FIG. 2 illustrates a side view of a memory cell 200, taken along cut line 2-2 in FIG. 1, that can be included in an array of memory cells according to one or more embodiments of the present invention. FIG. 2 illustrates a source region 201 and a drain region 203 formed in a substrate 202 with a channel region 205 therebetween. In the example illustration of FIG. 2, the source region 201 and drain region 203 are n-type doped, formed in a p-type substrate 202, to form an n-channel device. One of ordinary skill in the art will appreciate, however, that the doping types can be switched to form a p-channel device. A first gate 206 is shown separated from the substrate 202 by a first dielectric 204. In one or more embodiments, described herein, the first gate can be a floating gate (FG). A second gate 212 is separated from the first gate 206 by a second dielectric 208. In one or more embodiments, the second gate can be a control gate (CG), as the same is known in association with non-volatile floating gate memory cells. While non-volatile floating gate memory cells are described in connection with one or more embodiments, the embodiments discussed herein are not limited to non-volatile floating gate memory cells.
  • [0041]
    FIG. 3A illustrates an end on cross-sectional view of a portion of an array of memory cells, taken along cut line 3A-6B in FIG. 1, at a particular point in a semiconductor fabrication sequence according to a previous approach for fabricating memory cell structures. FIG. 3A illustrates a dielectric layer 304 is formed over a surface 303 of a semiconductor substrate 302. As the reader will appreciate, the dielectric layer 304 can eventually serve as a tunnel dielectric and be formed from such materials as silicon dioxide (SiO2), silicon nitrides (SiN/Si2N/Si3N4), silicon oxynitrides (SiOxNy), high K dielectrics, etc. A conductive layer, e.g., a doped polysilicon gate layer, 306 is formed over the dielectric layer 304.
  • [0042]
    FIG. 3B illustrates a cross-sectional view of the portion of an array of memory cells from FIG. 3A, taken along cut line 3A-6B in FIG. 1, at another particular point in a semiconductor fabrication sequence according to a previous approach for fabricating memory cell structures. As shown in FIG. 3B isolation regions 309 have been formed between adjacent columns of cells running into and out of the drawing sheet, e.g., columns 107-1, 107-2, etc., in FIG. 1, to reduce parasitic capacitance and/or cross talk between adjacent cells. As the reader will appreciate, the source and drain regions for these cell structures, e.g., 201 and 203 in FIG. 2, would be located into and out of the drawing sheet respectively, hence not shown. One of ordinary skill in the art will appreciate the manner in which the isolation regions 309 can be formed by photolithographic etching, for example, to form trenches through the conductive 306 and dielectric 304 layers, and into the substrate (SUB) 302, e.g., using a shallow trench isolation (STI) process, etc. As shown in FIG. 3B, the isolation regions 309 can be filled with a dielectric material 308.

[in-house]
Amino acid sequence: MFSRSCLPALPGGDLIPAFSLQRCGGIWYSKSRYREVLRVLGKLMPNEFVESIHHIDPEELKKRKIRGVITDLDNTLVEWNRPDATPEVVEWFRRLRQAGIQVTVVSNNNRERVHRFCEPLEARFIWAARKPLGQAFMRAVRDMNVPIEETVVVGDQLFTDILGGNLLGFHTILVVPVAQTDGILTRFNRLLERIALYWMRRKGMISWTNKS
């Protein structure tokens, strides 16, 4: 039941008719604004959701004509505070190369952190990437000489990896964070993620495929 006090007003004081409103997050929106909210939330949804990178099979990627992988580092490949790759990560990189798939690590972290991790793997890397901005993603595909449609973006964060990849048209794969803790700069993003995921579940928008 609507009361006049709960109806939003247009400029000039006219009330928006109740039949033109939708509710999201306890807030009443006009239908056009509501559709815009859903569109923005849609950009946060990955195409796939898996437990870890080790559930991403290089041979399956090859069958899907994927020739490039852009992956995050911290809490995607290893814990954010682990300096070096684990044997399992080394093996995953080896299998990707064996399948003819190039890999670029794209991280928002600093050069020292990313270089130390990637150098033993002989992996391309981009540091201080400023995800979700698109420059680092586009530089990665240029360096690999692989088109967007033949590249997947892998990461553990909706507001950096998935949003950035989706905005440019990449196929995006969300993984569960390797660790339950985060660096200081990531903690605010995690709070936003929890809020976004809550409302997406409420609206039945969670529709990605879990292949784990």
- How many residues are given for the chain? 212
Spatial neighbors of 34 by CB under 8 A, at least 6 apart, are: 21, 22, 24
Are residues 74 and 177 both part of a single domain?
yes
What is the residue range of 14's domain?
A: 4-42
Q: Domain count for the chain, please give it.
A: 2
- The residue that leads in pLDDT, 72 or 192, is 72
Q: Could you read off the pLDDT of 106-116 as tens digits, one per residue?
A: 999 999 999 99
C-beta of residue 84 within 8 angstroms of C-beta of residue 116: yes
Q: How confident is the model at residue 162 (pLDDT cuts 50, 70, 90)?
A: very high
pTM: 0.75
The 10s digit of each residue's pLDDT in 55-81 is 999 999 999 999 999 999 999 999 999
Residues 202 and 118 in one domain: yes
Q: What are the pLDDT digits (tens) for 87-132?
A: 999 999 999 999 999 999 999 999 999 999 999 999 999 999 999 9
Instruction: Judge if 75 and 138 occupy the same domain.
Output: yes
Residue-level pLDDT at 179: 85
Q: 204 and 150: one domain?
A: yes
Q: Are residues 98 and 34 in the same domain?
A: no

• [0043]
    In FIG. 3B the isolation regions 309 have separated the conductive layer 306 to form gate structures 306 above semiconductor substrate pillars 302. As the reader will appreciate, the gate structures 306 can be a floating gate structure 306 for a floating gate non-volatile memory cell. In FIG. 3B, each respective floating gate structure 306 is separated from a respective semiconductor substrate pillars 302 by a dielectric 304. The dielectrics 304 separating the floating gate structures 306 from the semiconductor substrate pillars 302 have a particular thickness (D). Adjacent floating gates 306 are illustrated as separated by a particular horizontal distance, i.e., length (L1).
  • [0044]
    As one of ordinary skill in the art will appreciate source and drain regions, e.g., 201 and 203 in FIG. 2, can be formed in the semiconductor substrate pillars 302 on opposing sides of the floating gate structures 306, e.g., into and out of the page (not shown), forming a channel region therebetween underneath the dielectrics 304 in the semiconductor substrate pillars 302 where conduction can be made to occur. As the reader will appreciate, such source and drain regions, 201 and 203 in FIG. 2, are differentially doped from the channel formed between in the semiconductor substrate pillars 302 to create appropriate conduction characteristics.
  • [0045]
    As shown in FIG. 3B, in addition to a separation distance L1 between adjacent floating gate structures 306 and a dielectric thickness D separating the floating gate structures 306 from the semiconductor substrate pillars 302, a distance, i.e., length (L2), exists between the floating gate structure 306 of one cell and the channel in the semiconductor substrate pillar 302 of an adjacent cell. As mentioned above, a suitable dielectric material 308, e.g. oxide-nitride-oxide (ONO), provides isolation between the floating gate structure 306 of one cell and the channel in the semiconductor substrate pillar 302 of an adjacent cell.
  • [0046]